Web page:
Summer 2019 CalNat Field Trip #3, 08-03-19

I headed over to the Effie Yeaw Nature Preserve to facilitate the last field trip with my naturalist students this year.  It was 62° when I got there and got up to 99° by the late afternoon.

Along with my students, my co-worker Nate and Roxanne came along, as did The Other Mary (Mary Messenger) and Pam Hofsted (a graduate from our previous class) so we had a fairly large group. 

We didn’t even get through the front entrance before we saw several different species: a katydid, Red Cone Galls, Spiny Turban Galls, the eggs of a Green Lacewing, a Valley Oak, Box Elder Tree, Western Redbud, etc. It was an auspicious start to our field trip. 

When we got near the nature center, we saw a doe standing in a shallow field… and saw her fawn with her.  As we watched and followed them, we saw several other deer including two bucks in their velvet.  The fawn bounded around and through the group, at one point causing one of the bucks to kick up his heals, and spin in circles (like a fawn might). It was so cute.  We also got to see the fawn nursing, and I got some photos and a video snippet of that.

Columbian Black-Tailed Deer, Odocoileus hemionus columbianus, doe and nursing fawn

As often happens with the big groups, it broke up into sections – people walking faster or more slowly than others – so we ended up fragmented. I completely lost track of two students, Ken and Edna, and didn’t see them again until I was heading out of the preserve. I felt bad that they’d lost track of us, but Edna said she enjoyed walking with Ken who is a fantastic birder. 

We found a Lace bug on the leaf of an Interior Live Oak, and I pulled out my jeweler’s magnifier so the students could see it more closely.  They’re such incredibly beautiful bugs; their wings look like they’re intricately cut with a laser.  In the mud by one of the ponds we also saw the tracks of a raccoon, a deer, and some kind of large lizard.

CLICK HERE to see the album of photos.

When we got back to the nature center I saw that there was a yellow pipe cleaner on one of the plants in a milkweed plot.  The pipe cleaners are a signal to those of us who are working on the Monarch Larvae Monitoring Project that a Monarch butterfly egg or caterpillar has been spotted, so I checked out the plant, and… sure enough, there was an egg on the back of one of the leaves.  It looked like the caterpillar was just about ready to hatch. I think you could see its little feet.  That’s the first sighting we’ve had through the entire project, so it was exciting.  A nice way to end the walk.

Monarch eggs and emerging caterpillar on Showy Milkweed

I’m looking forward to seeing some of the photos the students took.

Species List:

  1. Acorn Woodpecker, Melanerpes formicivorus
  2. Anna’s Hummingbird, Calypte anna
  3. Ash Flower Gall Mite, Eriophyes fraxinivorus
  4. Bewick’s Wren, Thryomanes bewickii
  5. Black Phoebe, Sayornis nigricans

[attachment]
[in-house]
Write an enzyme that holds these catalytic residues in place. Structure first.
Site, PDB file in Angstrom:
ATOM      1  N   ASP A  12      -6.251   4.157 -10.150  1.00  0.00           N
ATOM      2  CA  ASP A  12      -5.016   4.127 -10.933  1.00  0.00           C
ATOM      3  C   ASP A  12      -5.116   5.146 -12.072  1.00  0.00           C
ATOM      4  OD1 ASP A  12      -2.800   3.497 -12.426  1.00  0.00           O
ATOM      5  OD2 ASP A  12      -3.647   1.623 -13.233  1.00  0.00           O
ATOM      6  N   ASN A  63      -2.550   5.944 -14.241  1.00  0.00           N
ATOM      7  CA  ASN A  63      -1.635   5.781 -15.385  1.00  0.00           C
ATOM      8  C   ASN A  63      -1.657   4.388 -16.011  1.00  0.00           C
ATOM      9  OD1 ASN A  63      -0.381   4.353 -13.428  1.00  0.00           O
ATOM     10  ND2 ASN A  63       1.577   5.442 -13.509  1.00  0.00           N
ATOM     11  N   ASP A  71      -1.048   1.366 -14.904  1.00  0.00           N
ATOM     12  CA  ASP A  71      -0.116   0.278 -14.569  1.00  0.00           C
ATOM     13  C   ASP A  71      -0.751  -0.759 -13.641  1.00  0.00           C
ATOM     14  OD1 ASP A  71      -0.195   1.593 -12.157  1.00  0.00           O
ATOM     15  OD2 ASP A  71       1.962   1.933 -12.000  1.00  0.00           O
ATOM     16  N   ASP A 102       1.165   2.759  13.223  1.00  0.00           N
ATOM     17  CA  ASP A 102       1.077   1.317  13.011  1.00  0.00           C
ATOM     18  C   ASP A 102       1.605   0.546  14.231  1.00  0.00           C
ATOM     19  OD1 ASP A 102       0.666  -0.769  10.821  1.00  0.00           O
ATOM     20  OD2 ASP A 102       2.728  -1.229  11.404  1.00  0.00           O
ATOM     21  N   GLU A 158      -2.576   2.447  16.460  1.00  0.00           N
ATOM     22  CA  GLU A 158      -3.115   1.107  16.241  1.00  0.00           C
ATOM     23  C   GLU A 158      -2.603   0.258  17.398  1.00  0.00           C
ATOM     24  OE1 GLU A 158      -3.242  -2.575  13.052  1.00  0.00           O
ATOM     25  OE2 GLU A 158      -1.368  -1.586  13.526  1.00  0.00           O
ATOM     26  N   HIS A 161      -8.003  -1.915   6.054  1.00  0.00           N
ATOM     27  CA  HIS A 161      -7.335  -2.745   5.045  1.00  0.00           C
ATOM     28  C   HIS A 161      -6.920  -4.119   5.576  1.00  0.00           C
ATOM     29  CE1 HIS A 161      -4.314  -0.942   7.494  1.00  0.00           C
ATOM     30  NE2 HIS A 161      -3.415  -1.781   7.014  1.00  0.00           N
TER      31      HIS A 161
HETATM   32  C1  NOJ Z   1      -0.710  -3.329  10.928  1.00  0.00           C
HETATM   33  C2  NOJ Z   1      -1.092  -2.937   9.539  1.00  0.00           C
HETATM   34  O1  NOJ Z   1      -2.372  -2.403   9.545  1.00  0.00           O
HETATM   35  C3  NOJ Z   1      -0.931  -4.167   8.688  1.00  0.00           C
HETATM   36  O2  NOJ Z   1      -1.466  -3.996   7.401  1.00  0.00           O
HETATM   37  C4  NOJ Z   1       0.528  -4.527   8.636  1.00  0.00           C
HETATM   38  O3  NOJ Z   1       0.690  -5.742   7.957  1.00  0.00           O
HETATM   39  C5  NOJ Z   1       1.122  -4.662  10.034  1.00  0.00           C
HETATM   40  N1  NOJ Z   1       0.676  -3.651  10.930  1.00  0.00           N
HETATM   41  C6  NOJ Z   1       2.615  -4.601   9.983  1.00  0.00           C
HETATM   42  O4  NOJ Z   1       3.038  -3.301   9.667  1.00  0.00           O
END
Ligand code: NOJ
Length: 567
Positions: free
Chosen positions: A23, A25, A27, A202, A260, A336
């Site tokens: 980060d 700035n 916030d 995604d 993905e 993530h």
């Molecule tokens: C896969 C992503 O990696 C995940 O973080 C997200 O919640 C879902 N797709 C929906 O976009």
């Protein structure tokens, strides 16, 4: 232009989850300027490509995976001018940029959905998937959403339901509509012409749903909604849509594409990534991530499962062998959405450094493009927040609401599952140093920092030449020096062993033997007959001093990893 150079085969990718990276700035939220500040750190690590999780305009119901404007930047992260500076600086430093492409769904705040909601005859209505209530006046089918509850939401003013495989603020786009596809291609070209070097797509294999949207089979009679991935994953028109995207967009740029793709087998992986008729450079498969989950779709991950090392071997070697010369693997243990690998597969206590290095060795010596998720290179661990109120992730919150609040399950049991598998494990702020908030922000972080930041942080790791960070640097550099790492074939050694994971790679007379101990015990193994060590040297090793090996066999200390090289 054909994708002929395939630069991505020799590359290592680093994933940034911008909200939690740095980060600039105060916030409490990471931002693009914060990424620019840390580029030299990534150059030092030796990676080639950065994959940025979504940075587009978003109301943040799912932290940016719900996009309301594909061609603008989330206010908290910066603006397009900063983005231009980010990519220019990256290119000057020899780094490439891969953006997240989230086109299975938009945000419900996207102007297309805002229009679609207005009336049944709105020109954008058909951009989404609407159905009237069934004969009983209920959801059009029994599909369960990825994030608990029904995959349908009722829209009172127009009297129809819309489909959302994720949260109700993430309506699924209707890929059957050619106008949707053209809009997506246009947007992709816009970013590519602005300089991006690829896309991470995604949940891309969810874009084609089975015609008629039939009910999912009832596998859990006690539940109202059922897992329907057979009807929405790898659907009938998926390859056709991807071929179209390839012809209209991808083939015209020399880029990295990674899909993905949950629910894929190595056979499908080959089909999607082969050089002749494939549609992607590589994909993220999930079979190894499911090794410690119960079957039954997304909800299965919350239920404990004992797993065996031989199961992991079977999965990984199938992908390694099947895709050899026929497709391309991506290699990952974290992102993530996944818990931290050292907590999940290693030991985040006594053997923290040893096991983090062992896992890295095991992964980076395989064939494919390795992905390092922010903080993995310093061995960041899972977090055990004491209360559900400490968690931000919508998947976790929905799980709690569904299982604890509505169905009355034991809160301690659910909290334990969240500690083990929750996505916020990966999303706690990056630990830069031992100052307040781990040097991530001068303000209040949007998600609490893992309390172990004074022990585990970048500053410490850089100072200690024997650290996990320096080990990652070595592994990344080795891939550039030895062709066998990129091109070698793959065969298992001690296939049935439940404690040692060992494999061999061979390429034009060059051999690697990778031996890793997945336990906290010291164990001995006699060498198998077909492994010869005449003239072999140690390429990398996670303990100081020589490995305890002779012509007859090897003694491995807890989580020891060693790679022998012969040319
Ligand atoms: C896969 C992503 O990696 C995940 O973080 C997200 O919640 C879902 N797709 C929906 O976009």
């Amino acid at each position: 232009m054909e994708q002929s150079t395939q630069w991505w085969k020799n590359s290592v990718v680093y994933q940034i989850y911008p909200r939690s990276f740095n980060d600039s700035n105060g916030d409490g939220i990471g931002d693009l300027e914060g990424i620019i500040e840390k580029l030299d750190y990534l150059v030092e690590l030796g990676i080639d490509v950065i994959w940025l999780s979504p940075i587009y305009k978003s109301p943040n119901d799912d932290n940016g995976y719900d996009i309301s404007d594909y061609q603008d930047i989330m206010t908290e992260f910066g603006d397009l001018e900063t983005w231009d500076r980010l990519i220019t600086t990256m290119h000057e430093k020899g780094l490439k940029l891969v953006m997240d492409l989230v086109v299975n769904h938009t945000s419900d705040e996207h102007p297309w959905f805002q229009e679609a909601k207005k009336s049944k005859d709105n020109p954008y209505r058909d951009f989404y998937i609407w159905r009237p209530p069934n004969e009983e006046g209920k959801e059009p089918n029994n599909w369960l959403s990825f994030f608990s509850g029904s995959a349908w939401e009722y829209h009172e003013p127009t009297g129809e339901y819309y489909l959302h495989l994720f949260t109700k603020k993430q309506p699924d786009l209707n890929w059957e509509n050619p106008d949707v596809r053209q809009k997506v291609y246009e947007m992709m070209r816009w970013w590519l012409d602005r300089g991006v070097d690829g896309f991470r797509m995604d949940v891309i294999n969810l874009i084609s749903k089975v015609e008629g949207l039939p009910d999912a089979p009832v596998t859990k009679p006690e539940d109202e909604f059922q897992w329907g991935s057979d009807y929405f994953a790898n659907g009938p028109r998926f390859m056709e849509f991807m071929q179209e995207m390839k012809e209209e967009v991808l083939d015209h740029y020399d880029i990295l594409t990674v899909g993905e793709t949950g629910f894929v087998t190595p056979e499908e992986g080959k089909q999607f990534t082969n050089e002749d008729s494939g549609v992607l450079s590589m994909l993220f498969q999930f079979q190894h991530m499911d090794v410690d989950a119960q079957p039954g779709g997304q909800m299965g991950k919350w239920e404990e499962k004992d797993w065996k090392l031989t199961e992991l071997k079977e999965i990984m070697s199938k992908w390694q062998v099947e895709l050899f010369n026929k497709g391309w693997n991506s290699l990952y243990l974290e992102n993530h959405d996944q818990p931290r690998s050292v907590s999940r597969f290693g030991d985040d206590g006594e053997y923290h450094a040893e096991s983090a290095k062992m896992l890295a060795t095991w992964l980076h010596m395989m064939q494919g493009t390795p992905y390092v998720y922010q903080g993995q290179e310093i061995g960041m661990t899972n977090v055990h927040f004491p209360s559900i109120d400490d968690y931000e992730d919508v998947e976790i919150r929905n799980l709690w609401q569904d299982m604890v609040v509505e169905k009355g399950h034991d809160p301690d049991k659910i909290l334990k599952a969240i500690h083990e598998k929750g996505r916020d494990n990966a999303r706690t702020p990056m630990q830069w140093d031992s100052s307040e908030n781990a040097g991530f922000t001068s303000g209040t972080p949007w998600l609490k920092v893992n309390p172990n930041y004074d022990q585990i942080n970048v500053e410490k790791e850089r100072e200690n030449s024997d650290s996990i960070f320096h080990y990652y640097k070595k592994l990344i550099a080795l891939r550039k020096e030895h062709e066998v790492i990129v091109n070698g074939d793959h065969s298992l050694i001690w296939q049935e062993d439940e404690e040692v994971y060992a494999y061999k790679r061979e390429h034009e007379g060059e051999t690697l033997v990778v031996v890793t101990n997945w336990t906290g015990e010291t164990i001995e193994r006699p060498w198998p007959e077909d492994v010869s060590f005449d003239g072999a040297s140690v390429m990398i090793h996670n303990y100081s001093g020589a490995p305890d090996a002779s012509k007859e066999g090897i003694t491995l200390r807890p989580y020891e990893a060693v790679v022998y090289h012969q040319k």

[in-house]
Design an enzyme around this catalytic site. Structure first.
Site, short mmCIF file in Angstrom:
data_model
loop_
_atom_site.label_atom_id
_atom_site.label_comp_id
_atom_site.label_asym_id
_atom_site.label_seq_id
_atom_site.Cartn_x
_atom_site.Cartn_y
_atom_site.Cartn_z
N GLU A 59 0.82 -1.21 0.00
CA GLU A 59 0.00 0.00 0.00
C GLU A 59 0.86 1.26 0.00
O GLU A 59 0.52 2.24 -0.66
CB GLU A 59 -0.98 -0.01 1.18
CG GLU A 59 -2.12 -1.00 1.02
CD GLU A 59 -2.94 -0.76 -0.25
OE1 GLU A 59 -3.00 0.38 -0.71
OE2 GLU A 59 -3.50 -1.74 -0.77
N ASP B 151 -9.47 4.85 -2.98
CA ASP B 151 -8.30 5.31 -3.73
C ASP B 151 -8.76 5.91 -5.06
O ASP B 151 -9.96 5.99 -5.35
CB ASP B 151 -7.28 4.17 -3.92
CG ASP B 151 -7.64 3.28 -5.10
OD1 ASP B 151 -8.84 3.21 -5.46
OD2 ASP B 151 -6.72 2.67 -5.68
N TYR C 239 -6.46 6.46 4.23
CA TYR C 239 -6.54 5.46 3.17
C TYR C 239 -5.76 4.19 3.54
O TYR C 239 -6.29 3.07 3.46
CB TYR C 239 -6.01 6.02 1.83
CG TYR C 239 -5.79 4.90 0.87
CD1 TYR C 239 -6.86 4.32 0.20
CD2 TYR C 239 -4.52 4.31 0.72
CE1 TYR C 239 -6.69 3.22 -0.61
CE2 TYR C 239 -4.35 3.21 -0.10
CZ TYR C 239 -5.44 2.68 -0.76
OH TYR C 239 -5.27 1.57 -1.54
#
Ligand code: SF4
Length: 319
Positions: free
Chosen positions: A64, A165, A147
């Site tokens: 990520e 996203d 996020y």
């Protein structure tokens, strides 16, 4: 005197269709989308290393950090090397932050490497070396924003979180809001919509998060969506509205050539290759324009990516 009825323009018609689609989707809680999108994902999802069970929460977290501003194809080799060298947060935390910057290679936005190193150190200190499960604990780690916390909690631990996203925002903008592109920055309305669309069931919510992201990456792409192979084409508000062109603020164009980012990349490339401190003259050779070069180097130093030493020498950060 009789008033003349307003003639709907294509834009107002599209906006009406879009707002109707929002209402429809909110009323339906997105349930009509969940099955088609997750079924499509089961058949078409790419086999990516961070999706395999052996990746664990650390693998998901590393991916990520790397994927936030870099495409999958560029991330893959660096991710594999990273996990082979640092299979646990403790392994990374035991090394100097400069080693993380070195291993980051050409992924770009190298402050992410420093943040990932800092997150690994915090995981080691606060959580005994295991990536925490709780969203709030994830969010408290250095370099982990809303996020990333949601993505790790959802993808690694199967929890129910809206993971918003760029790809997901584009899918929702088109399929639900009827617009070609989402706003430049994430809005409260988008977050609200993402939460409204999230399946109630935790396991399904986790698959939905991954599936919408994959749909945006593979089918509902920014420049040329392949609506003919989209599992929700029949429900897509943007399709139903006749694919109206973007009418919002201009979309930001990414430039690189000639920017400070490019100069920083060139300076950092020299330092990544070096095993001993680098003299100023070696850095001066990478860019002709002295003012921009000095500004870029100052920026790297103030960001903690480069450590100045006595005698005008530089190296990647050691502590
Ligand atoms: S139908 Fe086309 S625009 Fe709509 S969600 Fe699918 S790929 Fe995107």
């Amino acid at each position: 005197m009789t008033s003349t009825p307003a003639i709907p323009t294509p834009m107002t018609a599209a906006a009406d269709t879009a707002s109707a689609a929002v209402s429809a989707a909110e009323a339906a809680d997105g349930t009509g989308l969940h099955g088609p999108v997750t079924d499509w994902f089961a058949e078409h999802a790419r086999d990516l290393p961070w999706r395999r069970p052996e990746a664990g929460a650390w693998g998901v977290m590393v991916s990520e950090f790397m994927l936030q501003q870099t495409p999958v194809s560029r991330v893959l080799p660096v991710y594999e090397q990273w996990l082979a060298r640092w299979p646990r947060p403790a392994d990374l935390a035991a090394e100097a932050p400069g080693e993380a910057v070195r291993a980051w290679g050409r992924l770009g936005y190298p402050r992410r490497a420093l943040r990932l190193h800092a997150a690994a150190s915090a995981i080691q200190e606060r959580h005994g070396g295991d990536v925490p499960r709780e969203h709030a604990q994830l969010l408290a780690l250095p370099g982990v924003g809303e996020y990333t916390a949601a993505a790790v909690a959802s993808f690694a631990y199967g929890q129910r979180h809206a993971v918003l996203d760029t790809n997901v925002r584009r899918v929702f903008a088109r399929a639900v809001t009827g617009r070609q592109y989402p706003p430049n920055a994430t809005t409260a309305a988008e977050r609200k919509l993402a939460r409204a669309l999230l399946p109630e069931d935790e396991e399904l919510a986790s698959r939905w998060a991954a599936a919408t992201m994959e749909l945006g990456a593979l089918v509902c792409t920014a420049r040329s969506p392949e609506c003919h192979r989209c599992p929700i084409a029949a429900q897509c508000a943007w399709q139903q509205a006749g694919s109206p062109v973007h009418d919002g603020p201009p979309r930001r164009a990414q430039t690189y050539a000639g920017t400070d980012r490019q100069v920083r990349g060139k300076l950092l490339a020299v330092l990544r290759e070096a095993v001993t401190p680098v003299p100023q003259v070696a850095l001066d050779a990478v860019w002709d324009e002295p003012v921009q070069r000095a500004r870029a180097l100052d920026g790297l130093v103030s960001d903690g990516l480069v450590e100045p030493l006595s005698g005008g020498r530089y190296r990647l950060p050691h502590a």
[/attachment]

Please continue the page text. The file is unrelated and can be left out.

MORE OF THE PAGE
6. Black Walnut Tree, Juglans nigra
  7. Black-Tailed Jackrabbit, Lepus californicus
  8. Blue Elderberry, Sambucus nigra cerulea
  9. Blue Oak, Quercus douglasii
  10. Box Elder Tree, Acer negundo
  11. Bryum Moss, Bryum capillare
  12. California Ground Squirrel, Otospermophilus beecheyi
  13. California Mugwort, Artemisia douglasiana
  14. California Pipevine, Dutchman’s Pipe, Aristolochia californica
  15. California Scrub Jay, Aphelocoma californica
  16. California Towhee, Melozone crissalis
  17. California Wild Grape, Vitis californica
  18. California Wild Plum, Prunus subcordata
  19. California Wild Rose, Rosa californica
  20. Canada Goldenrod, Solidago canadensis
  21. Canada Goose, Branta canadensis (flyover)
  22. Coffeeberry, California Buckthorn, Frangula californica
  23. Columbian Black-Tailed Deer, Odocoileus hemionus columbianus
  24. Common Green Lacewing, Chrysoperla carnea
  25. Common Snowberry, Symphoricarpos albus
  26. Coyote Brush, Baccharis pilularis
  27. Desert Cottontail Rabbit, Sylvilagus audubonii
  28. Eastern Fox Squirrel, Sciurus niger
  29. Evening Primrose, Oenothera biennis
  30. False Turkey Tail fungus, Stereum ostrea
  31. Feral Honeybees, Apis mellifera
  32. Great Mullein, Verbascum Thapsus
  33. Green Shield Lichen, Flavoparmelia caperata
  34. Himalayan Blackberry, Rubus armeniacus
  35. Horsetail, Rough Horsetail, Equisetum hyemale
  36. House Wren, Troglodytes aedon
  37. Interior Live Oak, Quercus wislizeni
  38. Jimson Weed, Datura stramonium
  39. Kernel Flower Gall Wasp, Callirhytis serricornis
  40. Lace Bug, Corythucha sp.
  41. Lace Lichen, Ramalina menziesii
  42. Lesser Goldfinch, Spinus psaltria
  43. Live Oak Gall Wasp, 2nd Generation, Callirhytis quercuspomiformis
  44. Meadow Katydid, Orchelimum nigripes
  45. Monarch Butterfly, Danaus plexippus (egg)
  46. Mourning Dove, Zenaida macroura
  47. Netted Crust Fungus, Byssomerulius corium
  48. Nuttall’s Woodpecker, Picoides nuttallii (heard)
  49. Oak Apple Gall Wasp, Andricus quercuscalifornicus
  50. Oleander Aphid, Aphis nerii
  51. Olive Tree, Olea europaea
  52. Oregon Ash, Fraxinus latifolia
  53. Pacific Poison Oak, Toxicodendron diversilobum
  54. Raccoon, Procyon lotor (tracks)
  55. Red Cone Gall Wasp, Andricus kingi
  56. Rio Grande Wild Turkey, Meleagris gallopavo intermedia
  57. Spiny Turban Gall Wasp, Antron douglasii
  58. Spotted Towhee, Pipilo maculatus
  59. Turkey Vulture, Cathartes aura
  60. Two-Horned Gall Wasp, Dryocosmus dubiosus
  61. Valley Oak, Quercus lobata
  62. Wavy-Leaf Soap Plant, California Soaproot, Chlorogalum pomeridianum
  63. Western Fence Lizard, Blue Belly, Sceloporus occidentalis
  64. Western Gray Squirrel, Sciurus griseus
  65. Western Redbud, Cercis occidentalis
  66. White-Breasted Nuthatch, Sitta carolinensis
  67. Yarrow, Common Yarrow, Achillea millefolium
  68. Yellow Starthistle, Centaurea solstitialis